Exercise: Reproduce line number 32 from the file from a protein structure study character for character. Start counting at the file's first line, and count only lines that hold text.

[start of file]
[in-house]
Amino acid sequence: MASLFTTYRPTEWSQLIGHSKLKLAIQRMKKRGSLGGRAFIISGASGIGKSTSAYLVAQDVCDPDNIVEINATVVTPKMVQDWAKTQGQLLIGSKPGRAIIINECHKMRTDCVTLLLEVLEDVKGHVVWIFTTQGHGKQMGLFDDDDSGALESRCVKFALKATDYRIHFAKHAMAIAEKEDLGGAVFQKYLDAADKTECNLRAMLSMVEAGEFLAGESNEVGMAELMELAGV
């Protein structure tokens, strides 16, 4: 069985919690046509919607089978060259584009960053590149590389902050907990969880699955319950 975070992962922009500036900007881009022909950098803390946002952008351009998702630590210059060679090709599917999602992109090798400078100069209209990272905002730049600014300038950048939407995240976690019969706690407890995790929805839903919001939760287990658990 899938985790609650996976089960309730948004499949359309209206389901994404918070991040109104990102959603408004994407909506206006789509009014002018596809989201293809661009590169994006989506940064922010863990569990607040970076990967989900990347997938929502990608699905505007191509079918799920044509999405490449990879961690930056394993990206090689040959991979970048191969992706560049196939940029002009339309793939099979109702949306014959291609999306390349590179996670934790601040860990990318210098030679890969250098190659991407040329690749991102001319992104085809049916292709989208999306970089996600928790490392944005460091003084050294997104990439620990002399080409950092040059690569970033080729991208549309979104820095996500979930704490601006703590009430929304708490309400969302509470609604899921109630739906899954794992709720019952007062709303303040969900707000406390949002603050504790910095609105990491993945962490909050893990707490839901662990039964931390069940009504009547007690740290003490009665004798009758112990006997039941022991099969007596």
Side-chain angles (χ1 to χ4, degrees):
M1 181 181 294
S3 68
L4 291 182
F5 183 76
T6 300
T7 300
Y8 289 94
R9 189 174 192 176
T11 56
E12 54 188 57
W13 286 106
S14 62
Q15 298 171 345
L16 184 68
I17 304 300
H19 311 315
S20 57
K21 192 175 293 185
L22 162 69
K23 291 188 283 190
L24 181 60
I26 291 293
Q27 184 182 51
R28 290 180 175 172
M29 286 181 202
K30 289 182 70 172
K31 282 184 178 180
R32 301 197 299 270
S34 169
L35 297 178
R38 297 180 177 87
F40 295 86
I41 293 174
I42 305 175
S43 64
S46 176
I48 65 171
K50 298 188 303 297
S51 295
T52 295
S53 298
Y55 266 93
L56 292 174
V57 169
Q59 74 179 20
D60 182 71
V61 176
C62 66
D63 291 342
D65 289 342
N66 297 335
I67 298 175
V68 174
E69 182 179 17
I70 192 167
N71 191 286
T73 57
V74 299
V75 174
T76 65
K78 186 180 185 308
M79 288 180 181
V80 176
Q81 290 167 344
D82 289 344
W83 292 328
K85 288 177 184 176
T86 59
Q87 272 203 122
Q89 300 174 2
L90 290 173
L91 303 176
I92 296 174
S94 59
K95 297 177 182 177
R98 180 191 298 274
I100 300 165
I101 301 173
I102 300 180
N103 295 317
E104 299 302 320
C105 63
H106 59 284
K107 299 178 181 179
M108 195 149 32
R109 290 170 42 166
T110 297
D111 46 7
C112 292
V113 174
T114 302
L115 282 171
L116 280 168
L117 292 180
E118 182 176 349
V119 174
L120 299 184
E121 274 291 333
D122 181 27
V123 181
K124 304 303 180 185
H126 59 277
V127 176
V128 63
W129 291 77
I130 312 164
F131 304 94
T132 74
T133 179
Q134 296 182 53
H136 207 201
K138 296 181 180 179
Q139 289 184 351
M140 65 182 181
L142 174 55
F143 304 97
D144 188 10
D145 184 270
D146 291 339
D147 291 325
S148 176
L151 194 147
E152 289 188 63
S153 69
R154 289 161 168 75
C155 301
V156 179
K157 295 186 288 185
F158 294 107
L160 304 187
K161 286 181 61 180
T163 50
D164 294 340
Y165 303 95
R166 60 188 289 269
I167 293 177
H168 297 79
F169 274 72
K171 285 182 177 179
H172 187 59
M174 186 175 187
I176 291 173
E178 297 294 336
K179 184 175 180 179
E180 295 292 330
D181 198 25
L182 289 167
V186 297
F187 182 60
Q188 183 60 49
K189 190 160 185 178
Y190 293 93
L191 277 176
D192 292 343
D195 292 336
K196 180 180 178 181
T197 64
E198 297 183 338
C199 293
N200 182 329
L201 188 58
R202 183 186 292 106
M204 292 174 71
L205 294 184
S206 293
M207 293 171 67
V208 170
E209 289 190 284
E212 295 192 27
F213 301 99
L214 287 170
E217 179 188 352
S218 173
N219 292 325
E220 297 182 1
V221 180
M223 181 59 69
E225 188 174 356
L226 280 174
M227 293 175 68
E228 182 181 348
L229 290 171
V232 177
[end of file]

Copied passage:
R32 301 197 299 270